Winter’s finally here and everything seems so hard all of a sudden. Your heating bill has skyrocketed, your holiday debt needs to be paid, and your feet feel like ice cubes, among countless other inconveniences (yes, I know, first-world problems). But the season doesn’t have to be all bad. In fact, if you employ even a couple of these hacks, you should be able to enjoy some satisfaction this winter.
When you’re done cooking a meal in the oven, you can leave the door open. The heat that would otherwise be wasted will help warm your house. Same goes for the toaster oven. Also, you can leave the bathroom door open after taking a shower to heat the area outside the bathroom.
Consider laying area rugs over spots where the floor is cold. A cold floor usually indicates that there is insufficient insulation or a draft below and the rug can keep the cold contained. Also, hold your hand under closet doors and doors leading outside. If you feel a draft, you can place a draft blocker there.
If there are windows through which you get a lot of sunlight, leave the shades or curtains open during the day to capture the heat from the sun. If your windows are drafty, however, use heavy drapes and keep them closed to block the breeze.
Ceiling fans will help keep you cool in the summer, but they can also be helpful in the winter. You can run the fan clockwise on a low setting to push warm air away from the ceiling and down to you.
To save on heating costs, you can program your thermostat so it’s warmer during the hours when people are home and awake and cooler when people are away or asleep. Sixty-eight degrees is generally a comfortable temperature when people are home and awake, but if anyone is chilly, you can offer them a sweater!
Many of us never pay attention to our old radiators, but we actually have some control over how they function. If the valves are adjustable, adjust them to allow more heat in rooms that need it and less in rooms that don’t. In many heaters, the valve is on the opposite side of the heater as the on/off knob.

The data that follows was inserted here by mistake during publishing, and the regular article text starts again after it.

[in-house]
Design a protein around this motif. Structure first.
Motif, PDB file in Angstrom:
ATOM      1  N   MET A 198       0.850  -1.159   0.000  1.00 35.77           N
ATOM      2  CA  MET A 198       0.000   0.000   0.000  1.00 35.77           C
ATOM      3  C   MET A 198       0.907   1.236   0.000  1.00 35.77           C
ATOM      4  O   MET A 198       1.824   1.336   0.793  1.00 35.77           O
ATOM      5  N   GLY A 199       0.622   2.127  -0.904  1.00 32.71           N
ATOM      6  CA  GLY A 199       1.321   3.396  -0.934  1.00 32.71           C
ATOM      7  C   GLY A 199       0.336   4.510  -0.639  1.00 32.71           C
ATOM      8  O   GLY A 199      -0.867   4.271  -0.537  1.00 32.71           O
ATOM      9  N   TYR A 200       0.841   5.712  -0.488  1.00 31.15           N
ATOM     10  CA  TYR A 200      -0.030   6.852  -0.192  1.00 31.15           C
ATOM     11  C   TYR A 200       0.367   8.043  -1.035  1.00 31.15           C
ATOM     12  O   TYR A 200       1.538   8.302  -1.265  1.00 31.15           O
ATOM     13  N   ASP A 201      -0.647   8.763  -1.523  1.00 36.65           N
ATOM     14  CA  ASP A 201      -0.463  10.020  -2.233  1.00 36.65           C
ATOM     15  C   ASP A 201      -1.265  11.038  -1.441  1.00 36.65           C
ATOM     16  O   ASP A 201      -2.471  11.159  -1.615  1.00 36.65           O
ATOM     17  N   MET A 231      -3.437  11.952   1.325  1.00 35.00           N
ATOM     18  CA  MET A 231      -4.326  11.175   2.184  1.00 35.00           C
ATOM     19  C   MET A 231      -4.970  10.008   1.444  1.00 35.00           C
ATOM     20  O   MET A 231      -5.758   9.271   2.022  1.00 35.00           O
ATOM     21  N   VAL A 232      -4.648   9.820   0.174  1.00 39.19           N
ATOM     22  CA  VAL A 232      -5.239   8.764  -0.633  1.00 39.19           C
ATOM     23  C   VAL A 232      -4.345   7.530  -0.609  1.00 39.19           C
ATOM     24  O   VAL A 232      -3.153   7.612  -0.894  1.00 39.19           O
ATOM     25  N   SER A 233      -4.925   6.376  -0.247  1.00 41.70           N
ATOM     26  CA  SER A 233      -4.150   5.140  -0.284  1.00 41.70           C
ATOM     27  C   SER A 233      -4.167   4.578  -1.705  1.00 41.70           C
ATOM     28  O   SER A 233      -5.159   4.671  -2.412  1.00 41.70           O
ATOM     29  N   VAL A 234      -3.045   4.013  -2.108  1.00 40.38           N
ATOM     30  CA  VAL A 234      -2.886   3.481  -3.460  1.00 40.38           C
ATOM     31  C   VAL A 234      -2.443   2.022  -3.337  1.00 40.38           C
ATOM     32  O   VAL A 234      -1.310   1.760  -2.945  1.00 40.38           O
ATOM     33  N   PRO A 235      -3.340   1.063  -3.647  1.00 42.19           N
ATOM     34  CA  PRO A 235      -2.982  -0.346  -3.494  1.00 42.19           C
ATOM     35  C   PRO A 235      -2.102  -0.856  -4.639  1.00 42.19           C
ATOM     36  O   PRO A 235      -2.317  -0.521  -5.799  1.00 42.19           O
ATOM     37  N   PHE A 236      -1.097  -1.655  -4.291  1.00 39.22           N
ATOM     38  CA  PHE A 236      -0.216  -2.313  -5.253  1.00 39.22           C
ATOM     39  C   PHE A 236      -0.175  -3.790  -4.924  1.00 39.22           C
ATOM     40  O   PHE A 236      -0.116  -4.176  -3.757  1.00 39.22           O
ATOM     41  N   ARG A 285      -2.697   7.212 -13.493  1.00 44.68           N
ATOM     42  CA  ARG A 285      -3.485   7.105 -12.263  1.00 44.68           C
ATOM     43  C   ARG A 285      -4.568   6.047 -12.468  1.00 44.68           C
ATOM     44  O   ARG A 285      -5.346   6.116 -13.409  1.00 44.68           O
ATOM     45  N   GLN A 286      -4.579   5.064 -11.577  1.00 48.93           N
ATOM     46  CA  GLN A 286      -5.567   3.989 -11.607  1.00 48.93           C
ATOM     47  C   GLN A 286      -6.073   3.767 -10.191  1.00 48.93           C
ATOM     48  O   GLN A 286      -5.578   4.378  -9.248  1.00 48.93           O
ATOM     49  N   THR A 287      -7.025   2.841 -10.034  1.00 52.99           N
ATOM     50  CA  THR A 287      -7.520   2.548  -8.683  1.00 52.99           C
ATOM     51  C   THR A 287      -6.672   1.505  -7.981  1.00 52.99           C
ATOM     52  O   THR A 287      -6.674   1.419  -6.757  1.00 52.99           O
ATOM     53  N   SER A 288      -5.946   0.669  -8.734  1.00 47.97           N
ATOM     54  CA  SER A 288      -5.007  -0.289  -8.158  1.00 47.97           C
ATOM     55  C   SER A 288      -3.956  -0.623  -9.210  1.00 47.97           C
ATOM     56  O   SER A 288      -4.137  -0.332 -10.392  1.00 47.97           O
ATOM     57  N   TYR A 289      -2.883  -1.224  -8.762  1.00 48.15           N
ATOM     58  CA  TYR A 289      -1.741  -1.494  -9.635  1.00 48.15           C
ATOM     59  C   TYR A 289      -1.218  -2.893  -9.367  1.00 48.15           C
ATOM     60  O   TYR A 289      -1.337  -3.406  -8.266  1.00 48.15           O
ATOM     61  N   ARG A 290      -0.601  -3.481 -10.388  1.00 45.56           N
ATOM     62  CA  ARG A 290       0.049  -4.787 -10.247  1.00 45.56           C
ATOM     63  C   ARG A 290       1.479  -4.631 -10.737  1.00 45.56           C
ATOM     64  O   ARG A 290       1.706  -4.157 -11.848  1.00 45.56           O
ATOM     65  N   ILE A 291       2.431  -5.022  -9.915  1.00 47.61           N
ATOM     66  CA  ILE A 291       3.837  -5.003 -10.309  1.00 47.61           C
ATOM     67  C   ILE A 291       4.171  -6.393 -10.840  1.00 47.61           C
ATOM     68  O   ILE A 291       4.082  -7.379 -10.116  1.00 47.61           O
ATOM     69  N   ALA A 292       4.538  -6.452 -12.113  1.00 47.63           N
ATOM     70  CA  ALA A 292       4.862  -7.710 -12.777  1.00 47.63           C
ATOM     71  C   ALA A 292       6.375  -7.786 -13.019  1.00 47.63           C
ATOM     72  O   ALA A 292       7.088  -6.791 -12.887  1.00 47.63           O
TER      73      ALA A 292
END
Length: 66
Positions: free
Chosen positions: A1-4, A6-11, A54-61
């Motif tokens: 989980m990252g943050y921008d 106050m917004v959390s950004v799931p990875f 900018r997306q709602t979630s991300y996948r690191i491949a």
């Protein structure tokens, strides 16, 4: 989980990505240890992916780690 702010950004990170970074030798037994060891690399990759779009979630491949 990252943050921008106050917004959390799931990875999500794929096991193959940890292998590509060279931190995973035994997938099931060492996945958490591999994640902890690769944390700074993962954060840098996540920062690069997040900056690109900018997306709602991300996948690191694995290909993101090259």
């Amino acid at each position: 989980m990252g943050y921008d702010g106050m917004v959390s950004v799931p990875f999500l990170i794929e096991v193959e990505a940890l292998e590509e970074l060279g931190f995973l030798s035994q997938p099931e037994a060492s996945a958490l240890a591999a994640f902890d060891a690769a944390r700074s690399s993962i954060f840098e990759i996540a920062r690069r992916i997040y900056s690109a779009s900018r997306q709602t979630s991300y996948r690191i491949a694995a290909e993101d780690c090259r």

You can also keep a pot of water on a heater or two to keep the air moist.
If your favorite old sweaters are looking a bit, well old, it could be worth it to invest in a sweater shaver to remove pills. You should be able to get at least another winter or two out of them in lieu of charging new winter clothes to your credit card. (You can see how your credit card spending is affecting your credit score by viewing your free credit report summary, updated each month, on Credit.com.)
To protect your sweaters from moths — and keep them smelling great — make sachets with dried lavender, which can be purchased online or at your local flower shop. Simply cut a square of fabric from an old T-shirt, lay a mound of lavender in the center and tie with a ribbon or string. Place the sachets in your sweater drawer or closet.
If you’re headed outside for your shoveling shift or to build a snowman, you can cover your stocking feet in gallon baggies to keep the warmth in and the moisture out.
Parking your car facing east during the day will help prevent ice from forming, but if your windshield looks like a skating rink, you can melt the ice by spraying the surface with a solution of two-parts vinegar to one-part water. (Just give the ice a few minutes to start melting.)
On extra cold days, you can cover your rearview mirrors with baggies to prevent them from icing. If you run out of salt or sand, try a mixture of alcohol and dish detergent to de-ice walkways.
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